Faculty Course Questionnaires (FCQs) are administered by the University every term for each instructor of each class taught. FCQs allow students to rate their instructors and courses and provide information to instructors for teaching improvement, to students for course selection, and to deans and chairs for management. Detailed FCQ results are available on the CU Faculty Course Questionnaire website, while summaries of FCQ results for Computer Science courses are available at Computer Science Faculty Course Questionnaires website.
The Curriculum Committee will review the FCQ ratings for all courses in October and February of each year. For any courses for which the ratings fall below a 4.0 the faculty member who taught the course will be required to submit a report documenting the reasons for the low rating and suggesting an improvement strategy.
To assist in the department's goal of improving the quality of its undergraduate program, the Curriculum Committee is adopting a uniform policy with respect to the collection of course materials from undergraduate courses into course repositories. This information is also useful for maintaining high-quality course dossiers that must be presented to ABET reviewers during an ABET site visit.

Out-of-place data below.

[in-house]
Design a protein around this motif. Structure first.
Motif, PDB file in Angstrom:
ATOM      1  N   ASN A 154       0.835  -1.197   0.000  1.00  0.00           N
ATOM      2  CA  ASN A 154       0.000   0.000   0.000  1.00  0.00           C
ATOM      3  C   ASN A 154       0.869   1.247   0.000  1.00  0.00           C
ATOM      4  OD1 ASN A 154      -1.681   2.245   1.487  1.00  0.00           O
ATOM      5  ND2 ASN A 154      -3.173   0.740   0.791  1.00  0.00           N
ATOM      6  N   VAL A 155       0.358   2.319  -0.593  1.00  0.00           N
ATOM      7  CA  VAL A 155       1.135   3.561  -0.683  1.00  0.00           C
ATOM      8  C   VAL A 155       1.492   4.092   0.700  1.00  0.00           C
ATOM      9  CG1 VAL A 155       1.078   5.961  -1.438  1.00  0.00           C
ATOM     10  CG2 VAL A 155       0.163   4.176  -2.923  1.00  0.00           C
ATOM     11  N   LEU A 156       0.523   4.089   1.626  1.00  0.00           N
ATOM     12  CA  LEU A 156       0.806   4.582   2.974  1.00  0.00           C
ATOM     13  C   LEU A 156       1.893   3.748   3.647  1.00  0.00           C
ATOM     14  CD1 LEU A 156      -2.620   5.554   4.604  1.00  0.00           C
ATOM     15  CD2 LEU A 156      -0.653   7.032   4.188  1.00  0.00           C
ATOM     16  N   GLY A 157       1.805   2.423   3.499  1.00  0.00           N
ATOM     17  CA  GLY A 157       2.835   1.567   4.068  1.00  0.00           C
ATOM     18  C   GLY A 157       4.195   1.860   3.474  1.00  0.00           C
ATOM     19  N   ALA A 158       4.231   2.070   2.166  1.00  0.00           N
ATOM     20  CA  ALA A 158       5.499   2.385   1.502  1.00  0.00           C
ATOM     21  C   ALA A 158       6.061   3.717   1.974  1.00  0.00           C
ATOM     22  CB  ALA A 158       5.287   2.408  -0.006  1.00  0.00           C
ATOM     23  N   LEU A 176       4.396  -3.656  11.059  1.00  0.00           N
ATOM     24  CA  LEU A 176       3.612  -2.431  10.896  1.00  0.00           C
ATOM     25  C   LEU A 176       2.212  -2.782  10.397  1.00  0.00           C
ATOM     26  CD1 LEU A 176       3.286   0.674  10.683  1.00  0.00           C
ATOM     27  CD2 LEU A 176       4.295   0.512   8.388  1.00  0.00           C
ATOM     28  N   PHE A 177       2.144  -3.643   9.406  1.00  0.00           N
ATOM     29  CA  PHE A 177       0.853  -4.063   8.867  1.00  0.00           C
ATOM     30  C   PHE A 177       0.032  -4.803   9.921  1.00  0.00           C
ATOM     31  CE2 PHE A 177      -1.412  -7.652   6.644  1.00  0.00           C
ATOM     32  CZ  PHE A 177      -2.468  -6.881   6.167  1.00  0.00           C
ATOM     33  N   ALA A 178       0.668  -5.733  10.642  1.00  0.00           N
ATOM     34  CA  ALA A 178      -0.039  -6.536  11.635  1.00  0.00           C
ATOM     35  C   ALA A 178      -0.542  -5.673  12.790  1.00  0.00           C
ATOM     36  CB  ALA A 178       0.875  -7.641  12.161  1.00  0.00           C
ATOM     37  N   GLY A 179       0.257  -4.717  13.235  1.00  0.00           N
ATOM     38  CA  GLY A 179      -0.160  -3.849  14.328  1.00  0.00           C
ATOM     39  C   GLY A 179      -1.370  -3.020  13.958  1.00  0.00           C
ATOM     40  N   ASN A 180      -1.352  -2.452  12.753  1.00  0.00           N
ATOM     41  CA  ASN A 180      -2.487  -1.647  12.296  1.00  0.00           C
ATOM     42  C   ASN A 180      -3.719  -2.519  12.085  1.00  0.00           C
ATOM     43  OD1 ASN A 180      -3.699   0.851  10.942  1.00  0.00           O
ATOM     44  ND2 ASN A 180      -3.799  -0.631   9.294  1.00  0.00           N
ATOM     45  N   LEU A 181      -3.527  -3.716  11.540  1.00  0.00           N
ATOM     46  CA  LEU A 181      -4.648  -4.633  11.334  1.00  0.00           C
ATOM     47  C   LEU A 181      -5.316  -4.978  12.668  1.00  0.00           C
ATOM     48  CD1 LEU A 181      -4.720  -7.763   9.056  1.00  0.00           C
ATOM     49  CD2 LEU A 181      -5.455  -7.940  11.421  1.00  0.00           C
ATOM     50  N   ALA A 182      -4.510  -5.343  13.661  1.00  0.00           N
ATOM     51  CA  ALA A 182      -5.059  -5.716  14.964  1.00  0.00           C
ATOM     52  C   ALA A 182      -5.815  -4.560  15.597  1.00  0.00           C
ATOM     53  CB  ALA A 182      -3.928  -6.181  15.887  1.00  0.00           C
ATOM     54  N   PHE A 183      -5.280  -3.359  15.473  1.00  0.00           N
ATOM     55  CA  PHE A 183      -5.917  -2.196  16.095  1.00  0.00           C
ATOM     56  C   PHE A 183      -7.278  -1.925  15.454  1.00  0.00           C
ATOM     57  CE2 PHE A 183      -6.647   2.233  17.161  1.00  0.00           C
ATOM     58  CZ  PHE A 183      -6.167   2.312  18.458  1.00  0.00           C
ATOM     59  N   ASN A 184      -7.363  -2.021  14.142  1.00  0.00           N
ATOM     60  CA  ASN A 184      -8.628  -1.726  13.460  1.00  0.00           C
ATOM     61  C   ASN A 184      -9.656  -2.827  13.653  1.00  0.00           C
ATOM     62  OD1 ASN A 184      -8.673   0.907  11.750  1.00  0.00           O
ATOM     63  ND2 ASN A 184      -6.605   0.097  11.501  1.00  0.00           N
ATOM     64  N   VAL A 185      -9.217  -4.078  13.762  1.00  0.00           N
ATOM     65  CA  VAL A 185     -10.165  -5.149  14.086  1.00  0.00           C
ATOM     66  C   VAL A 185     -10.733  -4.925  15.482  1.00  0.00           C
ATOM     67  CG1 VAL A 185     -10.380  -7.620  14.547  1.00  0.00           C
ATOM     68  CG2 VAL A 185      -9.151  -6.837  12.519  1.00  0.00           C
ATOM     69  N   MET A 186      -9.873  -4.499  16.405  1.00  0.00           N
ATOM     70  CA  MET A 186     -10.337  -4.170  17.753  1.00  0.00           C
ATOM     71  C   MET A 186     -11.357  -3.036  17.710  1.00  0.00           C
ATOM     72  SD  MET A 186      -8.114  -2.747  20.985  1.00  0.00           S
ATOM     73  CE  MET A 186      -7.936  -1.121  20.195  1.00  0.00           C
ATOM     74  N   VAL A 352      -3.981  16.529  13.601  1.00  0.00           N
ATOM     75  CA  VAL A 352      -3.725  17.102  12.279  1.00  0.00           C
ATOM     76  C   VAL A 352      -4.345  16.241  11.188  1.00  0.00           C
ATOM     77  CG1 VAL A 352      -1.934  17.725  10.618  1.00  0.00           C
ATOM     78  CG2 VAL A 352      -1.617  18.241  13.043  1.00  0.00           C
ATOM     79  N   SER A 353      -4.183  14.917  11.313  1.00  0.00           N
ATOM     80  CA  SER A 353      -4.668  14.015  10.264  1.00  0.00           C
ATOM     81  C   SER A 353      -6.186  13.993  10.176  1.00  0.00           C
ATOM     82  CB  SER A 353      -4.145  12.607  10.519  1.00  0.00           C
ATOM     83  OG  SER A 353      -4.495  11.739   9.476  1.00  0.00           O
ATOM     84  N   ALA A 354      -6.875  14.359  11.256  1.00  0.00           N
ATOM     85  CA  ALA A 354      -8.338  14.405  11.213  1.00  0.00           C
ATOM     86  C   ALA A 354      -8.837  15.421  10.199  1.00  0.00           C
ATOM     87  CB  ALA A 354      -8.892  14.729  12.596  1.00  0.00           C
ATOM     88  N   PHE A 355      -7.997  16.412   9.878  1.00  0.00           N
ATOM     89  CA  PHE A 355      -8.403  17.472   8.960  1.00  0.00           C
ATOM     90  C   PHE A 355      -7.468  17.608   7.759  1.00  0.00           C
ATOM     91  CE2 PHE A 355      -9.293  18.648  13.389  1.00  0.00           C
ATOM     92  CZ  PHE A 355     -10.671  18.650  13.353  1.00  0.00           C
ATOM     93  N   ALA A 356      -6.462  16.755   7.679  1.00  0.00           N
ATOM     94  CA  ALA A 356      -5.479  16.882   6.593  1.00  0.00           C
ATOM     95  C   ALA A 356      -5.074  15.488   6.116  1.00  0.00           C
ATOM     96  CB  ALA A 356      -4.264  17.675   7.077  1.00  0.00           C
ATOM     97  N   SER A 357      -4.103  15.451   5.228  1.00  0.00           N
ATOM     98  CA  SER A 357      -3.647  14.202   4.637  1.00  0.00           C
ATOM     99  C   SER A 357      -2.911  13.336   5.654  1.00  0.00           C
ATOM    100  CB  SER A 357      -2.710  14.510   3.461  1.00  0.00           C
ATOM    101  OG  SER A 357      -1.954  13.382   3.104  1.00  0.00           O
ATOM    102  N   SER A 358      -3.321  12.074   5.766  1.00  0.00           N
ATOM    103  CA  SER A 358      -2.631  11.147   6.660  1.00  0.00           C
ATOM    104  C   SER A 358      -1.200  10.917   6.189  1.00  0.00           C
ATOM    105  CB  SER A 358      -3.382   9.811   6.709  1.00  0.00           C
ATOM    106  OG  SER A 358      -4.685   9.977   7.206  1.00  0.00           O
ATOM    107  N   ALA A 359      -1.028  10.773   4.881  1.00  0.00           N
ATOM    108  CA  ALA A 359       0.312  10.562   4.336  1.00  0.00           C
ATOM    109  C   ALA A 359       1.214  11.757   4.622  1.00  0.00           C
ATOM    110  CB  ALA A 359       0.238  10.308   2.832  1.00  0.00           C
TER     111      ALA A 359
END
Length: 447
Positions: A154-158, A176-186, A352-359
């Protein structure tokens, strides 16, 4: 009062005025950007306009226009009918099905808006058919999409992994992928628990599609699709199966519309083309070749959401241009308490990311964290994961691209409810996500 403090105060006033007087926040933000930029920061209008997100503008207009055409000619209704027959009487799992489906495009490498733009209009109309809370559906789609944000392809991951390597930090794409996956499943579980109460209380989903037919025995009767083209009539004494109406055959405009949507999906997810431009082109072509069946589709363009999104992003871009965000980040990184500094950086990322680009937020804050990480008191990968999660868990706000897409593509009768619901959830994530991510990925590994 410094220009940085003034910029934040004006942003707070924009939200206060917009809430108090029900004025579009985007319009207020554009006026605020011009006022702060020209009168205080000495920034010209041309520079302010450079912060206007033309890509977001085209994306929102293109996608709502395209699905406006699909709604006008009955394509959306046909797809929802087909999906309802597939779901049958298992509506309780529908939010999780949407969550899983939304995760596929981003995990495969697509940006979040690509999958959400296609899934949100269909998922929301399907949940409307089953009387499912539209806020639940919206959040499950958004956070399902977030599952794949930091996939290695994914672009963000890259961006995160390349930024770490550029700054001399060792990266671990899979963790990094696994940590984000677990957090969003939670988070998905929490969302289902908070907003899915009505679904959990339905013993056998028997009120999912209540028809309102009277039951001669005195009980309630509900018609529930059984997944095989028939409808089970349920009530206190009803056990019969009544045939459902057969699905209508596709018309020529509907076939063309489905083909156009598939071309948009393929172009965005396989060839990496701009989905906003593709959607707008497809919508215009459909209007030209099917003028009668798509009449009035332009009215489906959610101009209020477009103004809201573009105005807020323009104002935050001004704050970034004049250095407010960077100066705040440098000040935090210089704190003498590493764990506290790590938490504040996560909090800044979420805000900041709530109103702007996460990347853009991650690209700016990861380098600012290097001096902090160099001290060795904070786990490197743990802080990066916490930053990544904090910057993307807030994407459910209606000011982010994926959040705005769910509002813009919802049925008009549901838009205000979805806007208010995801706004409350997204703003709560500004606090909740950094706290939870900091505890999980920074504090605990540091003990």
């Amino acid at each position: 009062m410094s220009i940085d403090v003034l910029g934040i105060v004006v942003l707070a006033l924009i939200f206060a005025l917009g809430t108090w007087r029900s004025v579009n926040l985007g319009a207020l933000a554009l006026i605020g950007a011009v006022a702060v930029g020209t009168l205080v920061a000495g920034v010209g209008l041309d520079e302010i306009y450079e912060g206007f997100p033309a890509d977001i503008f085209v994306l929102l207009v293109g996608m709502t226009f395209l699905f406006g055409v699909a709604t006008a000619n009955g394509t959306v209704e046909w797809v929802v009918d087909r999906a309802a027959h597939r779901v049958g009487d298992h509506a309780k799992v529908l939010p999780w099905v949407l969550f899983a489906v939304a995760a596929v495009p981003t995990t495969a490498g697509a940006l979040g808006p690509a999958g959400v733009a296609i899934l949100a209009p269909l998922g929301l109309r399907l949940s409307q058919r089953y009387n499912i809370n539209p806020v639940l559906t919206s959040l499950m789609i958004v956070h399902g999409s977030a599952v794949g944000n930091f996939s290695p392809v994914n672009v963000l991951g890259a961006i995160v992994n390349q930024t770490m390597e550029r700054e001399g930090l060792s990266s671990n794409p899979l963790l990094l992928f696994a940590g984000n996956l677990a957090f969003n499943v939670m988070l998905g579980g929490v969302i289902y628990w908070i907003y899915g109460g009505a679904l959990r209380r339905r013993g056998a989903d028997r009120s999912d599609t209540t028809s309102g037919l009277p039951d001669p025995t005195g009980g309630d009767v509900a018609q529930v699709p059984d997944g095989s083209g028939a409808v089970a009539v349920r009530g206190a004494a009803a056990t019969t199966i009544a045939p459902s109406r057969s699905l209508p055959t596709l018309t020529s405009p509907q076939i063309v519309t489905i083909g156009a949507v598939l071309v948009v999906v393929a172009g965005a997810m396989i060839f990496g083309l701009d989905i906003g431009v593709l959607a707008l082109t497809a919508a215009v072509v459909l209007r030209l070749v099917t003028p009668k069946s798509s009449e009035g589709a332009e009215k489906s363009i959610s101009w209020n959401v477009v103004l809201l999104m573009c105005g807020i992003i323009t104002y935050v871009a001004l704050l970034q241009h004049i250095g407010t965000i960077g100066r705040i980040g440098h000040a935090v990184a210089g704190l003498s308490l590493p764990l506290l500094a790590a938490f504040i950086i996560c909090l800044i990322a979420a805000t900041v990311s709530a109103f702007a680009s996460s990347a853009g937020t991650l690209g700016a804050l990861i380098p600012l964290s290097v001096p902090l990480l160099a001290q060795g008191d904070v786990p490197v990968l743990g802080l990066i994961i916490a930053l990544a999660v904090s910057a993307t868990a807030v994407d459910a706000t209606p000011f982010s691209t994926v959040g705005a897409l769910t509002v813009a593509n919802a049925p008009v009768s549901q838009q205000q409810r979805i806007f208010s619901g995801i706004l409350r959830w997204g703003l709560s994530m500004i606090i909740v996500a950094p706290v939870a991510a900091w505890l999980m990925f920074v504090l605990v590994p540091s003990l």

Course repository is maintained either on moodle or in bitbucket. It must include the following items:
These materials must be archived within 1 month of the close of the semester in which the course was taught.
Because of the different nature of the courses, Senior Thesis and Project courses follow different guidelines.
The final thesis document of an undergraduate senior thesis must be submitted to the Main Office Administrator in electronic form to be stored online.
In project team-based courses, artifacts such as documents and source code often undergo multiple changes throughout the semester. Rather than collecting each version of each artifact, the course coordinator should collect only the completed project for each team for archive. Projects completed by three project teams -- representing low, medium, and high performing teams -- should be submitted.